For a couple of months or so Labour’s leadership issue has been how to fix it and who should take over. Last Thursday David Shearer did one part of the “how” by pre-emptively saying he is resigning. Now for the second part of the “how” and for the “who”.
Labour’s need is to reduce disunity, so that the fight is against National, not within the party, and to energise Labour activists.
For that there needs to be a plausible show of unity at the top.
First, there is a jamboree: 10 days of meetings for party members, all eligible, whether they go to the meetings or not, to vote by preferential postal ballot (media will hear the formal candidate speeches); union delegates decide whom their unions back (in only one union do members vote); and MPs cast a secret ballot. The totals of the party’s and the MPs’ votes are each weighted at 40 per cent. The union totals are weighted at 20 per cent.
One risk is that blogs and the media will amplify disagreements and candidate differences. But there are two big positives.
Giving members a vote locks them into the majority choice (as a general election does). That lowers the incentive for, and tolerance of, backbiting. In 2011 too many believed the MPs’ choice was not the wider party’s preference. That wound will now be stitched and maybe over time thereby healed.
Stitching the wound, especially by way of an election, will also energise the party — hundreds signed up on Thursday. Some of that energy will endure, in part helped by the looming election. (Might National think it can steal an early election?)
Party council bosses insisted on a wider vote, not a caucus stitchup. That is the other part of the “how” and it is tied tightly into the “who”.
A caucus stitchup would have come down to deciding which of David Cunliffe or Grant Robertson would be leader and making the other deputy. That has been in the air for a couple of months.
This is still the most likely outcome. It will be a focus at the meetings.
Both Cunliffe and Robertson will undertake to place the other high in the inner circle if elected. That may all but predetermine the MPs’ exclusive vote for deputy.
Of course, politics is seldom cut and dried. Elections can take unexpected twists, as John Key found late in the 2011 campaign. This was written before nominations closed. But if the winner is Cunliffe or Robertson, each has a compelling reason to keep the other close. There is nothing so loud as a silent prominent contestant on the back or middle benches.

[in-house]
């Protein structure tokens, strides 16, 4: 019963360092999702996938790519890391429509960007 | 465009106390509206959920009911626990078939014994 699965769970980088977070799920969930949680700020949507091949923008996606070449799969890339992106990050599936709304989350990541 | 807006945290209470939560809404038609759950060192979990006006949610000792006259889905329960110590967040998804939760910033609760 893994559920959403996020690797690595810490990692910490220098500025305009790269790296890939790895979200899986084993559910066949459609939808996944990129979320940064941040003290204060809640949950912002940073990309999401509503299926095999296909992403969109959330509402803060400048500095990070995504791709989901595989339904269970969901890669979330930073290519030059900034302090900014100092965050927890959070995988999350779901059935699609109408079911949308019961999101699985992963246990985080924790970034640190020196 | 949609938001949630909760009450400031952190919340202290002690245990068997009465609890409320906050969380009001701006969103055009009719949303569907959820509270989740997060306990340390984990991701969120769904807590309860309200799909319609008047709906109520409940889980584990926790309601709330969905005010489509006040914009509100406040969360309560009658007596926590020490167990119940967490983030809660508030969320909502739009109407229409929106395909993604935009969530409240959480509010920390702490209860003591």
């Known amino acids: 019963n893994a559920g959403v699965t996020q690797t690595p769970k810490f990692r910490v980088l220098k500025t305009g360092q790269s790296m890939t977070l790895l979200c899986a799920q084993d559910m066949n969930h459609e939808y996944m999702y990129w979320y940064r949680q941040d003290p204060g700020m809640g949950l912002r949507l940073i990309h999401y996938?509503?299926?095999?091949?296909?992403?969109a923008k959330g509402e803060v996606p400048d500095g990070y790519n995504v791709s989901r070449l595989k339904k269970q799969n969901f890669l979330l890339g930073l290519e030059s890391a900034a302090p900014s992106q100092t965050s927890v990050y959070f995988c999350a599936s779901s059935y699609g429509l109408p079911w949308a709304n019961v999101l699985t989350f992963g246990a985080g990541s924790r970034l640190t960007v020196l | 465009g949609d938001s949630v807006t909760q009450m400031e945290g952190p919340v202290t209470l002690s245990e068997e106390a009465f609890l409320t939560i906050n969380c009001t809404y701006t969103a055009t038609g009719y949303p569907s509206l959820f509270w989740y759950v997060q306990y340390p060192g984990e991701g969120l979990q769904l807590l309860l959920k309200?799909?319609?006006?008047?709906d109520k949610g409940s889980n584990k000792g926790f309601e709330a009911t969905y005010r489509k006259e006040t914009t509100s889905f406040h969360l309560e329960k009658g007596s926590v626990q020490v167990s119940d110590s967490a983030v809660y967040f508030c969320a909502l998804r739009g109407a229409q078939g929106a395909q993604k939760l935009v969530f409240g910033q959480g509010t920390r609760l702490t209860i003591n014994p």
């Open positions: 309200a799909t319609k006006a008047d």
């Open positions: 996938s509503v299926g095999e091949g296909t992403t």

In the early 1990s Australian Prime Minister Bob Hawke found that out when he blocked a push from Paul Keating, only to be later ousted by Keating. Kevin Rudd white-anted Julia Gillard even though mostly silent in public. Cunliffe has had his head down but white-anters were operative on his behalf, as in the famous letter-that-wasn’t in July. How would John Key have gone in 2006-08 if Bill English had not settled for deputy and thereby formed a powerful duo?
A Cunliffe-Robertson/Robertson-Cunliffe leadership would get Labour out of its own 22 where it has been pinned since 2008.
Together, the pair have the potential, at least through to the general election, to make Labour look united and purposeful. They are complementary characters, with complementary styles, Cunliffe with business and cabinet experience, Robertson mostly (but not only) a professional politico, with experience in Helen Clark’s inner sanctum.
Both have got under Key’s skin, Robertson more so recently from the deputy’s pulpit — Labour MPs note how Key rounded on him the day Shearer called it quits. And, though Cunliffe is a bit slick and, for some (especially in the party) too all-things-to-all-people and Robertson is a bit overweight and not quite mainstream because gay, both are personable and fluent public speakers. That will lift MPs’ morale, which can be infectious.
They also encapsulate Labour’s generational shift. Longer-term, the policy innovation and power will rest with the younger-X (Robertson) and Y generations (Jacinda Ardern is the standout). Cunliffe is older-X — but he has been doing some interesting rethinking of economic and social policy, more than Robertson has. For now, however, the policy thrust will not change dramatically — just be more visible.
Labour needs visibility. Labour+Green support has been matching or bettering National this year in polls on average. But Labour has been stuck around 33 per cent and Russel Norman often looked and sounded like the leader of the opposition. That was not a clear path to victory.
The task of the new leadership is to assume and assert leadership of the opposition, so voters see a moderate centre-left alternative government with a shorter left-green tail. A new, more presentationally adept and assertive leadership should manage that.
Then the job is to build the Labour+Green vote so voters see a genuine alternative. There have been glimpses through the past 20 months. But glimpses are not a new dawn.